In the Geek it Up section.
Starring Kim Cattrall as a faded porn star courted by an obsessed 17-year old nerd, who wants to save her from the circumstances she landed herself in by the inevitable series of life mistakes she made over the previous decades of her career.
A warm story scored with 1930’s hits from the American South proving that those who need help the most can actually act as catalysers helping the others.
Quite an entertaining story with a few melancholic notes. Nice cinematography and coloring and convincing two lead roles.
In the New British Cinema section
A documentary on the Oxford music scene. A phenomenon is presented on the sample from the 1980’s until present. The film was made in 2009 and features a combination of live events coverage, interviews with band members of numerous bands that got created in Oxford and either raised to fame (Radiohead, Supergrass, Talulah Gosh) or fell into the abyss of always being beaten by other big stars (like the unfortunate band who released their album at the same time as Nirvana’s “Nevermind” – The Candyskins).
The two big absent are Andy and Thom Yorke. Their names are mentioned multiple times throughout the film but neither of them appears on screen in a different context than gigs coverage or photos. Members of their bands talk about them but the two are excluded from the documentary.
This is a very interesting film for both those who know the history of the Oxford music scene and those who don’t. The former will learn something new and the latter will indulge in what they knew already.
It is a long film (over 120min), therefore drags a little towards the end, but that could be because the screening I attended started well after 10pm.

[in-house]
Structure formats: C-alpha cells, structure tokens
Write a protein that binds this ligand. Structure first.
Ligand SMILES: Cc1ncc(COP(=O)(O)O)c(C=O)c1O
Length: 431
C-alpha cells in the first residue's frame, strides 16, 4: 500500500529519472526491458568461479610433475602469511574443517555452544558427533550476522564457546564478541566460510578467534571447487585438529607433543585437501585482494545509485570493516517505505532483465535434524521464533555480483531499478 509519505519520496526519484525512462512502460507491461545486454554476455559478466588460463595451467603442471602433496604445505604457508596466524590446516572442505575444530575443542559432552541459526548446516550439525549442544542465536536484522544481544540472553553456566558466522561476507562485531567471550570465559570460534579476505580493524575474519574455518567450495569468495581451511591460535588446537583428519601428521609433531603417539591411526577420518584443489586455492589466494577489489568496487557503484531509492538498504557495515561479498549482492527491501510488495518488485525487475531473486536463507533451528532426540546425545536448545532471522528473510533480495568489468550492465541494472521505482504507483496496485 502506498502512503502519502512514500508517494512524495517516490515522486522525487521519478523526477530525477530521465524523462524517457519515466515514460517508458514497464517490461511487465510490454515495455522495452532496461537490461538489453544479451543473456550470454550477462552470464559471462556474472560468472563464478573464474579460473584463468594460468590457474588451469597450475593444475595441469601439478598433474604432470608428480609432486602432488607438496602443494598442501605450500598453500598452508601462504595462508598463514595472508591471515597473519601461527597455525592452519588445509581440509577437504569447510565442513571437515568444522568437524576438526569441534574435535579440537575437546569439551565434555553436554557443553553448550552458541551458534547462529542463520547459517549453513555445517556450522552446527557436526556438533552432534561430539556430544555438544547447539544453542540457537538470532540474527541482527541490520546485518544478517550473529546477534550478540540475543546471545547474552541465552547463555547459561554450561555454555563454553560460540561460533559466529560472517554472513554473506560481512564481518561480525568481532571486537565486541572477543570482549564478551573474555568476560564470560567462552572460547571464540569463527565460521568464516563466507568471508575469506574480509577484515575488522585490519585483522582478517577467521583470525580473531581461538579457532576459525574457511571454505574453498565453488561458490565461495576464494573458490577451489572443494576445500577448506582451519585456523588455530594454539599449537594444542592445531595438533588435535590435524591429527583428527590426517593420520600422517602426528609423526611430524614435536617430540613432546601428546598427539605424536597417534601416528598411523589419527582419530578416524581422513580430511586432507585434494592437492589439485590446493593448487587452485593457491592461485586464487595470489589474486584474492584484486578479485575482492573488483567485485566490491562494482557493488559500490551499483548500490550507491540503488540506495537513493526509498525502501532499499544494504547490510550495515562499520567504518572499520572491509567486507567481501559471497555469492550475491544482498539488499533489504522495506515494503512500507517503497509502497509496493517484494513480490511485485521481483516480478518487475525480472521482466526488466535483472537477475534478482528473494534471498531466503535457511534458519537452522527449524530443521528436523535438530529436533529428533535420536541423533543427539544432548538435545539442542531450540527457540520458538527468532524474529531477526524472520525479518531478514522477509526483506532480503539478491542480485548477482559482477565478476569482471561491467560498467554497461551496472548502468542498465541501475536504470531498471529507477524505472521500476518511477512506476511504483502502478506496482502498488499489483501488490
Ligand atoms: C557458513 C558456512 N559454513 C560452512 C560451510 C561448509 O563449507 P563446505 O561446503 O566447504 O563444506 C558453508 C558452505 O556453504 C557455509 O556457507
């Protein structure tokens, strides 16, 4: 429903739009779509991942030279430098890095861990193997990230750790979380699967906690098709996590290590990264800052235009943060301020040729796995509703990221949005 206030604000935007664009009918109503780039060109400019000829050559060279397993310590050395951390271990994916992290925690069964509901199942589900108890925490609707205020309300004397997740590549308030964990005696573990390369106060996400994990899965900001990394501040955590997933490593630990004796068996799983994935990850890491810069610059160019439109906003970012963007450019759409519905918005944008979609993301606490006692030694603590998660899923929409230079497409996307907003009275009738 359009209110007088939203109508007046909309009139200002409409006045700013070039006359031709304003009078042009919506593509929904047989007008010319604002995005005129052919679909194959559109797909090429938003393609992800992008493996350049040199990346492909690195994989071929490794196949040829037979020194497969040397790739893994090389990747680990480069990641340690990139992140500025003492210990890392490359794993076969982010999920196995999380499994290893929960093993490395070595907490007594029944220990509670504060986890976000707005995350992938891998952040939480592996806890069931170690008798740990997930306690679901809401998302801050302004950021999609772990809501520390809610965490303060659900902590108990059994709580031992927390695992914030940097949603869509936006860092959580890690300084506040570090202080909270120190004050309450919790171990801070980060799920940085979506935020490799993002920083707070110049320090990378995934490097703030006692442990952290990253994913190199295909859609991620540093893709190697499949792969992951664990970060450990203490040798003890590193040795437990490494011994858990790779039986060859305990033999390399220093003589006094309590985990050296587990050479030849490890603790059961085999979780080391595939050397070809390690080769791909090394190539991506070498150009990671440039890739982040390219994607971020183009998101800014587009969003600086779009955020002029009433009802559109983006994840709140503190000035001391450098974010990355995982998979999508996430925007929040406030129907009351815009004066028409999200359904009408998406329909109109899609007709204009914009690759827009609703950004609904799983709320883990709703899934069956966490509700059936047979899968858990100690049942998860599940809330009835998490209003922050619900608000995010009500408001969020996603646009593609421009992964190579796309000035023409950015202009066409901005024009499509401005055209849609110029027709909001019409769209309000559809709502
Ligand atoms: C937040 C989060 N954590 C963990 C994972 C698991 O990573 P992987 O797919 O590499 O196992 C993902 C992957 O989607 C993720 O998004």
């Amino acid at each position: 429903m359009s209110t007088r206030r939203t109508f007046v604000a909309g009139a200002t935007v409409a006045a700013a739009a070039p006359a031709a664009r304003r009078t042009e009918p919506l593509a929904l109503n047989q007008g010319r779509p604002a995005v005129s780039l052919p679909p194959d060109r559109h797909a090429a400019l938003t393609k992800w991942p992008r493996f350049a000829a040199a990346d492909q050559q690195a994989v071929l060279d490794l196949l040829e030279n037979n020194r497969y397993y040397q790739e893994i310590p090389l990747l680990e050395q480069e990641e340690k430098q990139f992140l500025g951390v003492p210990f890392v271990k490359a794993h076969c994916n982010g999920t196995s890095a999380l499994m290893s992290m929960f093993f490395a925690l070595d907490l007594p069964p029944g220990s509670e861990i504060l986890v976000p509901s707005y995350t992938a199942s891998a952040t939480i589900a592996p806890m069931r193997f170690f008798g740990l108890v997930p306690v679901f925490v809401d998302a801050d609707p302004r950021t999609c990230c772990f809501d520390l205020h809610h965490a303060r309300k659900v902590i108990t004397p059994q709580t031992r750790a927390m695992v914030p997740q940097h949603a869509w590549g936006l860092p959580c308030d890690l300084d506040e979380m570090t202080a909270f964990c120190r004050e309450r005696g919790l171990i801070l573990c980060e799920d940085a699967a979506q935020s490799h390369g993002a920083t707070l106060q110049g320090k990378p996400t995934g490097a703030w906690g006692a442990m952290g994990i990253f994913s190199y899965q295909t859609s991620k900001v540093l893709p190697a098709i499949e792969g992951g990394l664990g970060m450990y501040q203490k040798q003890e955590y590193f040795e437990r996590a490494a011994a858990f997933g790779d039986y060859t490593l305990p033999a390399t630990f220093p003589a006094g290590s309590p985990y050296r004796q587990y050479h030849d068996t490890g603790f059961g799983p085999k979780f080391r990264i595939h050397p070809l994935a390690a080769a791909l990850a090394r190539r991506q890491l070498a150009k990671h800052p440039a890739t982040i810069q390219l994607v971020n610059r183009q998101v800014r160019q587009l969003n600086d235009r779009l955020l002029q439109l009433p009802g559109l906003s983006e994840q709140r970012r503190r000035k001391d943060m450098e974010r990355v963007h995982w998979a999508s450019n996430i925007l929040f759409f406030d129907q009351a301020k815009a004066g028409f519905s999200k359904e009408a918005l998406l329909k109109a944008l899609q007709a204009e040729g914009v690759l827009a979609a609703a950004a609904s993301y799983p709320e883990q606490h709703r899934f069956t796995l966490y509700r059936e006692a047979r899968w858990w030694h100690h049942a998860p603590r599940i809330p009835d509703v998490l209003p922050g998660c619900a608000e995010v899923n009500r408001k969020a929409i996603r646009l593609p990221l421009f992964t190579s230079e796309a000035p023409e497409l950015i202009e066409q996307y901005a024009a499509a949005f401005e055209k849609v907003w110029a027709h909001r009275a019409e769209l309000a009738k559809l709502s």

For the 5th year in a row a bunch of passionate geeks organised one of the youngest and most ambitious film festivals in Europe. Krakow is beautiful in April.
This year, I managed to watch quite a few films which I started reviewing below and will carry on reviewing above. The schedule of screenings was so tight that I was reaching the cinemas at the last minute and only could catch the first aisle seat in either 1st or 2nd row. That resulted in a peculiar cramp in my neck which is still there.
Several esteemed guests came to visit – to promote their films, to take part in the Main Competition, as members of the Jury in the Polish Competition.
The evenings were starting quite late as usually the last screening of the day (with Q&A’s included) did not end until well after midnight. In the end a mixture of guests and festival staff+volunteers ended up in the night club not far from the Main Market Square. To talk, exchange experiences, discuss future projects and finally to dance long into the night. My feeling is that several of the new acquaintances will turn up to be fruitful in the future – as new projects, new friendships, new films. Keeping my fingers crossed for that! Cannot wait to go to Krakow again next year!
A beautiful tale of childhood.
Putting aside the main topic of the film; the controversial decision of a girl to introduce herself as a boy, this is aesthetically and stylistically a feast for the eyes.
The world created and presented by Sciamma is a utopian vision of childhood with no cellphones, no internet, no psp games when children hang out in the forest, play football, go swimming and draw portraits of themselves. The parents are perfectly patient and understanding, loving and always there for the kids to teach them to drive, appreciate their input in coversation and simply spend time with them.
Beautiful, lovely story.
Tale of competition, cruel games, love, fascination and friendship.
The film tells the story of two young girls who practice together a what seems to be quite risky sport of horse riding acrobatics – professionally called equestrian vaulting.
Both girls – Emma (Mathilda Paradeiser) and Cassandra (Linda Molin) are very pretty – each one in her own way. Emma has a younger sister, who aspires to be the third leading role and as a trio the ensemble works out quite well.
When it comes to the story itself and the way in which it is told – it is a very nice film with a great pace, warmly attempting at depicting the relationship between Emma and Cassandra, in which Emma seems to be the defeated for most of the time given Cassandra can be perceived as an evil character. It is hard to say whether she is jealous of Emma whom she thinks of as a rival or if she is in love with her, which adds the lovely level of ambiguity which is more than desired in this kind of cinema. A recommend.